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I have a question about proper subsetting of survey data. This is the scenario: A health survey targeting the general U.S. population has a first stage of sampling that begins by defining primary sampling units (PSUs) as counties, or groups of counties for sparsely-populated areas. These PSUs are stratified by state (Washington, DC is lumped in with Maryland), and two are selected within each stratum, for a total of 100 sampled PSUs. Thereafter, subsequent stages of sampling are done in a hierarchical manner down to the household level and, ultimately, one individual within the household is selected to participate in the survey. For variance estimation purposes, however, the survey administration team only releases stratum and PSU codes.

If you were estimating the rates of a particular health condition (e.g., Type 2 diabetes) captured by the survey for a region of the country, which you defined as a grouping of 8 states, could you subset the survey data set for all cases in the region?

I'm confused about whether this would be a proper subset of the data if subsetting as described above. I believe that it is not because the number of people with a health condition could vary from one county to the next in the sample, so the domain sample size is a random variable itself. However, I'm not totally positive since it seems like a logical way to subset your data.

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Here's a well-written blog post that directly answers your question: https://notstatschat.rbind.io/2021/07/22/subsets-and-subpopulations-in-survey-inference/

Short answer:

The short answer is that, no, you don't want to simply subset your data and calculate the estimate from the subset. The variance of the estimate from your subset depends on the entire design, not just the sample members from the domain you're interested in. The only practical exception is that if your data has replicate weights created using the complete data, you can proceed to estimate variances for domain estimates by just subsetting the data and using only the rows of replicate weights in your subset of data. But again, the replicate weights have to first be created using the full dataset.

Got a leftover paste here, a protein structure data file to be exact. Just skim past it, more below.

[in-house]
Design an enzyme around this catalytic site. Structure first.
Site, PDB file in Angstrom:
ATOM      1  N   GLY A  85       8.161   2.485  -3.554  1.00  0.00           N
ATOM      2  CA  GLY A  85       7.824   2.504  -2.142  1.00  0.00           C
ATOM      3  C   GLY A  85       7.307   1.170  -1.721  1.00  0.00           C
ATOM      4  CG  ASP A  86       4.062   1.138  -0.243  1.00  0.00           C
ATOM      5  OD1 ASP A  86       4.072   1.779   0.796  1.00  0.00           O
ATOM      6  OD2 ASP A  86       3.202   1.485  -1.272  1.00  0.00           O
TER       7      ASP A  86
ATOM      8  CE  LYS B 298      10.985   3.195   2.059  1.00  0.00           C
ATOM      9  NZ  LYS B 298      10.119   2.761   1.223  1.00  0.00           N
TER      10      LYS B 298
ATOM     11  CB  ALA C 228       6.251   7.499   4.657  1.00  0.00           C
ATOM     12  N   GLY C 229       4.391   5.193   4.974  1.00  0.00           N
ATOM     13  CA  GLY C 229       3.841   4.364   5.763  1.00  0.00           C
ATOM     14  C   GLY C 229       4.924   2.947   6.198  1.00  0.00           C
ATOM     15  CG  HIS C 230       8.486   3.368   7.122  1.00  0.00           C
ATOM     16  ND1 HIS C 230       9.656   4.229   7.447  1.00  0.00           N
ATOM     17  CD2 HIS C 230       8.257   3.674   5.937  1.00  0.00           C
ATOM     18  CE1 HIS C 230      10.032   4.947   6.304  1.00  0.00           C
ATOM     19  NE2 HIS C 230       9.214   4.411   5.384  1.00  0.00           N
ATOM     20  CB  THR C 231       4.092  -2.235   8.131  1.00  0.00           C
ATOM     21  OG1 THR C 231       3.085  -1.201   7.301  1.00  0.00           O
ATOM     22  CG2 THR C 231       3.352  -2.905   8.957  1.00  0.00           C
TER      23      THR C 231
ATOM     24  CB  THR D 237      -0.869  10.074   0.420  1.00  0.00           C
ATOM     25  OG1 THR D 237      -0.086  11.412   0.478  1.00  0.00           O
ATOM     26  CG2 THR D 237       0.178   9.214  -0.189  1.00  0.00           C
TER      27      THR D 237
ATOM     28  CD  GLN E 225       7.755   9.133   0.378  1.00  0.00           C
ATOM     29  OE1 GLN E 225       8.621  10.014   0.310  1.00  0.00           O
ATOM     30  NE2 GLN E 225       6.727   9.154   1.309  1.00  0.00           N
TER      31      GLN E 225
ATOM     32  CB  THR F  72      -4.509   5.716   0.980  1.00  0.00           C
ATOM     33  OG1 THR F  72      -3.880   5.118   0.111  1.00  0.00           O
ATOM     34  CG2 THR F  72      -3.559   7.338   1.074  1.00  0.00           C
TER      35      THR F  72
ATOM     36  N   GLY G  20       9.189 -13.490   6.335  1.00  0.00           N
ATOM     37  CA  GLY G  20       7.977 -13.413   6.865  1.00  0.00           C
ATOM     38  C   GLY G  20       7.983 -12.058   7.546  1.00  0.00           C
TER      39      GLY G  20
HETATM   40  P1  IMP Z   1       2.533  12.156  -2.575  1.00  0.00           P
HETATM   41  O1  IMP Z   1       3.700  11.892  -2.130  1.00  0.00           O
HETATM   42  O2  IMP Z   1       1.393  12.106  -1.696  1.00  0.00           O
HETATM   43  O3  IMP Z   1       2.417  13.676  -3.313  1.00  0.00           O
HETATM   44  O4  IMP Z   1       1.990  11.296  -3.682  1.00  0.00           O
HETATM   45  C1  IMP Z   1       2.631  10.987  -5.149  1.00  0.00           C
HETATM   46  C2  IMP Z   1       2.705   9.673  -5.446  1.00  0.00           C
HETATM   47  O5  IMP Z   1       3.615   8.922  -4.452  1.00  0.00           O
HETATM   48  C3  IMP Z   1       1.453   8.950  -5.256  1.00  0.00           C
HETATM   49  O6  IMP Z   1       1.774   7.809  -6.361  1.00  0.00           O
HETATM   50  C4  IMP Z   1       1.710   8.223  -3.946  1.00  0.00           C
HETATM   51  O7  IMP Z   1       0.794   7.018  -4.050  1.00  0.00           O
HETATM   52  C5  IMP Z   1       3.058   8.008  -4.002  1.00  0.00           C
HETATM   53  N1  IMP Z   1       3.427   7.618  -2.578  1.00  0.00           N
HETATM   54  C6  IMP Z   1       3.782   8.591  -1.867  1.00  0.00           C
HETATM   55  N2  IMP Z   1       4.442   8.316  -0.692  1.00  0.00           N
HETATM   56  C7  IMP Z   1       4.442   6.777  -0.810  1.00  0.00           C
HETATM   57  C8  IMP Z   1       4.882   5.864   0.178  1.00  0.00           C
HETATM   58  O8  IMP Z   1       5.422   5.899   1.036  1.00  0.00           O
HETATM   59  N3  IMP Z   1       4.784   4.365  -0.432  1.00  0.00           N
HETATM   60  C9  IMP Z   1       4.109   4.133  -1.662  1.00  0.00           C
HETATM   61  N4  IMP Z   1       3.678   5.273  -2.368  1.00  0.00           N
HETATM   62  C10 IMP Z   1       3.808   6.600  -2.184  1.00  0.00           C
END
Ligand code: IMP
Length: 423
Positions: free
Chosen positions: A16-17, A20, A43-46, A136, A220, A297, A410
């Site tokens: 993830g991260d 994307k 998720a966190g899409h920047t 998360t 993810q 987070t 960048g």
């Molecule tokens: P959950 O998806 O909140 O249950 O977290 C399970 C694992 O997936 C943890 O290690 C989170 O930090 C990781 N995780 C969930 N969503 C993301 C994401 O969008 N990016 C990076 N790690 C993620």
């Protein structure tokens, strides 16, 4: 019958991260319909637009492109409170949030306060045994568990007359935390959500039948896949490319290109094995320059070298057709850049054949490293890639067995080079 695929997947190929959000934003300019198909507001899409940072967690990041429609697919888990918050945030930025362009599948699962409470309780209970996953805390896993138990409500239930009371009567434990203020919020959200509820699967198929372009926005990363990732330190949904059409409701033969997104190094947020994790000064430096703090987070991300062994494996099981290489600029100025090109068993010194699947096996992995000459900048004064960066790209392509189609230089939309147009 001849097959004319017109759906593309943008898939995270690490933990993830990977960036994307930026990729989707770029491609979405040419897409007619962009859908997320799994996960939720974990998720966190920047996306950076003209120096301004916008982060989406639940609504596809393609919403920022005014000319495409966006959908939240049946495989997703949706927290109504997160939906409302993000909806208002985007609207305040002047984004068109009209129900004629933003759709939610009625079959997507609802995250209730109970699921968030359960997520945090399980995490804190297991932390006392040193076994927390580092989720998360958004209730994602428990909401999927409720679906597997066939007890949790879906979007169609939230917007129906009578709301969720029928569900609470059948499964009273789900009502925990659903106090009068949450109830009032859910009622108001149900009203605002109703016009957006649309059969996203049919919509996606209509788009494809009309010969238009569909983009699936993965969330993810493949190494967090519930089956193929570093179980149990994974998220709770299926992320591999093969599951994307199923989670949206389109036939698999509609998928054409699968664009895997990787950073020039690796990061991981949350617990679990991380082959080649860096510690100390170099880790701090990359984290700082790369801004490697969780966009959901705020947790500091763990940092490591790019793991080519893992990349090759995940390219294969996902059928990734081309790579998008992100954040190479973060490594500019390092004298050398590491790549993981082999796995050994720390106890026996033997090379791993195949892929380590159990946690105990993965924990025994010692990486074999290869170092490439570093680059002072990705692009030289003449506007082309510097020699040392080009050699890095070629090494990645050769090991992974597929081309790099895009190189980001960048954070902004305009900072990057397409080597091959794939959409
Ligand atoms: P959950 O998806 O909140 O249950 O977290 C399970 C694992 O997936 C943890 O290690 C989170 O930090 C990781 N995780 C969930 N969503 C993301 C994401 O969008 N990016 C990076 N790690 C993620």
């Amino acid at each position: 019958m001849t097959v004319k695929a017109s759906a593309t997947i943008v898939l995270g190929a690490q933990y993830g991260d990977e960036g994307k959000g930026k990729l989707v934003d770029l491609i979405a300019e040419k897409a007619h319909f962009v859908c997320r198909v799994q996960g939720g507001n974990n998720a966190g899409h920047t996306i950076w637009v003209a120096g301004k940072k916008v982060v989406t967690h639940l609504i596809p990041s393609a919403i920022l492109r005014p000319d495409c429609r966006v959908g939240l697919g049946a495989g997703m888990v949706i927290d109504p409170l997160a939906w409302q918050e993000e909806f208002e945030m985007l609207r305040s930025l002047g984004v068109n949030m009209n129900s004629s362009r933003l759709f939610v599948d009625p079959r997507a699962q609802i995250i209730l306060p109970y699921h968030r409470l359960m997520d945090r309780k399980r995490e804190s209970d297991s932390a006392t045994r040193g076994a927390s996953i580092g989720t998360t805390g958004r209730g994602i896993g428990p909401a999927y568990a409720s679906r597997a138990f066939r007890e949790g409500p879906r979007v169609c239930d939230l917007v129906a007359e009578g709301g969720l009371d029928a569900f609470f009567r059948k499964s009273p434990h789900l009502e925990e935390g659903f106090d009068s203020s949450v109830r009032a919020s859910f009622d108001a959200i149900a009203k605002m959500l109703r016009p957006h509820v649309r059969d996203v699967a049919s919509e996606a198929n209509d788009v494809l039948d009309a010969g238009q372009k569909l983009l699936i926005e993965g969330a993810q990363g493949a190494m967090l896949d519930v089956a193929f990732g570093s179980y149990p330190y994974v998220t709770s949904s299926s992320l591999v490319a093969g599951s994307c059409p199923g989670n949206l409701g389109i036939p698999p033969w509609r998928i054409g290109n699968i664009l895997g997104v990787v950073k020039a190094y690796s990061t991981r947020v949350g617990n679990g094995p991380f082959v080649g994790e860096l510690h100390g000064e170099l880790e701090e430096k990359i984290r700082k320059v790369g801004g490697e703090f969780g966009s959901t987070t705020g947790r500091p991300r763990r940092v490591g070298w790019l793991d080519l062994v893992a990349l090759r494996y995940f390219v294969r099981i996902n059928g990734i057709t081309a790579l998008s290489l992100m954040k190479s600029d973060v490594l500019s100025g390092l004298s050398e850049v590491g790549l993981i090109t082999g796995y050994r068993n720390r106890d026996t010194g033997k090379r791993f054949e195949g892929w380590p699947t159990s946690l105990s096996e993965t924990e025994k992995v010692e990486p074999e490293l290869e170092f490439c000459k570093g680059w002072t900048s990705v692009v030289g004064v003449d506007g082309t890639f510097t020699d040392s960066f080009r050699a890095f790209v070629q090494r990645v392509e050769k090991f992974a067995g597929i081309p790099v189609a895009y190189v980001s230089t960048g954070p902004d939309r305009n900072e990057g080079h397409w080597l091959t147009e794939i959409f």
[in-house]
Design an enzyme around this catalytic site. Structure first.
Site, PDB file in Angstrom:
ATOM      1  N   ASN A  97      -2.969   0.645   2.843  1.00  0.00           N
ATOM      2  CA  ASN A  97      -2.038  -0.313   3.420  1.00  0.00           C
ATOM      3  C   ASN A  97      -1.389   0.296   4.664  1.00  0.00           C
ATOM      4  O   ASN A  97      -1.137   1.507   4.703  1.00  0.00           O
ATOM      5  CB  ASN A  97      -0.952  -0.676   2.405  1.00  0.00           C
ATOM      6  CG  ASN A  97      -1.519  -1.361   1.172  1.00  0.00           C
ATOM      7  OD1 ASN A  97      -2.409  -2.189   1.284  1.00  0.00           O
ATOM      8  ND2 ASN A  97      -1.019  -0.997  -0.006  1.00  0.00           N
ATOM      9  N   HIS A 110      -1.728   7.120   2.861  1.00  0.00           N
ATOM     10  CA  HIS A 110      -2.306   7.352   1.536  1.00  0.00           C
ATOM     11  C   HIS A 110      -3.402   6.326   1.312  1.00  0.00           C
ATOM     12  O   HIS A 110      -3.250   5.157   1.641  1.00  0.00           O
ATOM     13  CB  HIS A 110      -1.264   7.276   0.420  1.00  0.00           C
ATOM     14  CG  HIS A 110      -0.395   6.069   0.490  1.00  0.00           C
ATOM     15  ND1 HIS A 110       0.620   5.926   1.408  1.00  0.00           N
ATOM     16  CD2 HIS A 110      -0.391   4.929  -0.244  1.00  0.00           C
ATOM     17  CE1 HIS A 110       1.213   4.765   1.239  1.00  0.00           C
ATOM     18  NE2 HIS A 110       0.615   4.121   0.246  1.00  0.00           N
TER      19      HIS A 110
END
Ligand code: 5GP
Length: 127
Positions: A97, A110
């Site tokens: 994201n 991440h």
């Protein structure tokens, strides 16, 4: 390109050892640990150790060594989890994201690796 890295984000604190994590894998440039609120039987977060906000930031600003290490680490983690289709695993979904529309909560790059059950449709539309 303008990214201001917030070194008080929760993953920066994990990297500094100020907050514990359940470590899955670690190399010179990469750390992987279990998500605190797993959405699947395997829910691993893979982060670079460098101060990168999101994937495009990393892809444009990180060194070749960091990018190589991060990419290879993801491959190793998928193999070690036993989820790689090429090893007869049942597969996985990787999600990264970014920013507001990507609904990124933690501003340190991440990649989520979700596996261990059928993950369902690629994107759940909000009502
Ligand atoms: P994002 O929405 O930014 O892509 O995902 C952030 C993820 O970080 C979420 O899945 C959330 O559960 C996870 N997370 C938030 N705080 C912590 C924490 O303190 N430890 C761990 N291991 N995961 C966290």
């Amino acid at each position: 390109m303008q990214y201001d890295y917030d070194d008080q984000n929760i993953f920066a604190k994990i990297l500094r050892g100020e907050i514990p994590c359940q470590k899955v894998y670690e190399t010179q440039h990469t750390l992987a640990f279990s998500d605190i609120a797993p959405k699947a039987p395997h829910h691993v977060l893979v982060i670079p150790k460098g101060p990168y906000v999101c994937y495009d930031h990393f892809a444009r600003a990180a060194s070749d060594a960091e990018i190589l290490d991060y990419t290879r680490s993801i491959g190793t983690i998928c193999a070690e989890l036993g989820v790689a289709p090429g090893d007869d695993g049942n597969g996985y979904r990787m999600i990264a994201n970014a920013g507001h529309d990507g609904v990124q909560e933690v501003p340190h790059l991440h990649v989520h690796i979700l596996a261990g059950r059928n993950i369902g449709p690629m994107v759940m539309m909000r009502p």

Comment on survey statistics software

To provide a user-friendly experience, survey statistics software will "pretend" to subset the data, but what it actually does is retain all the data but set the weights to zero for cases outside the subset of interest. For example, consider the following R code adapted from Dr. Lumley's blog post, which estimates the total enrollment for high schools (i.e. ignoring middle and elementary schools):

library(survey)

data(api)

# Create a survey design object
dclus1 <- svydesign(id=~dnum,weights=~pw, data=apiclus1, fpc=~fpc)

svytotal(~enroll, subset(dclus1, stype=="H"))

What this code is actually doing is equivalent to the following:


svytotal(~I(enroll * ifelse(stype=="H", 1, 0)), dclus1)

In the above code, R is keeping track of the entire survey design, even when you're computing estimates for just a subpopulation. You'd run into problems if you didn't tell R about the entire survey design, for example if you did the following:

# Don't do this!
library(survey)

data(api)

subset_of_data <- subset(apiclus1, stype == "H")

# Create a survey design object using only the subset
dclus1 <- svydesign(id=~dnum,weights=~pw, data=subset_of_data, fpc=~fpc)

svytotal(~enroll, subset(dclus1, stype=="H"))
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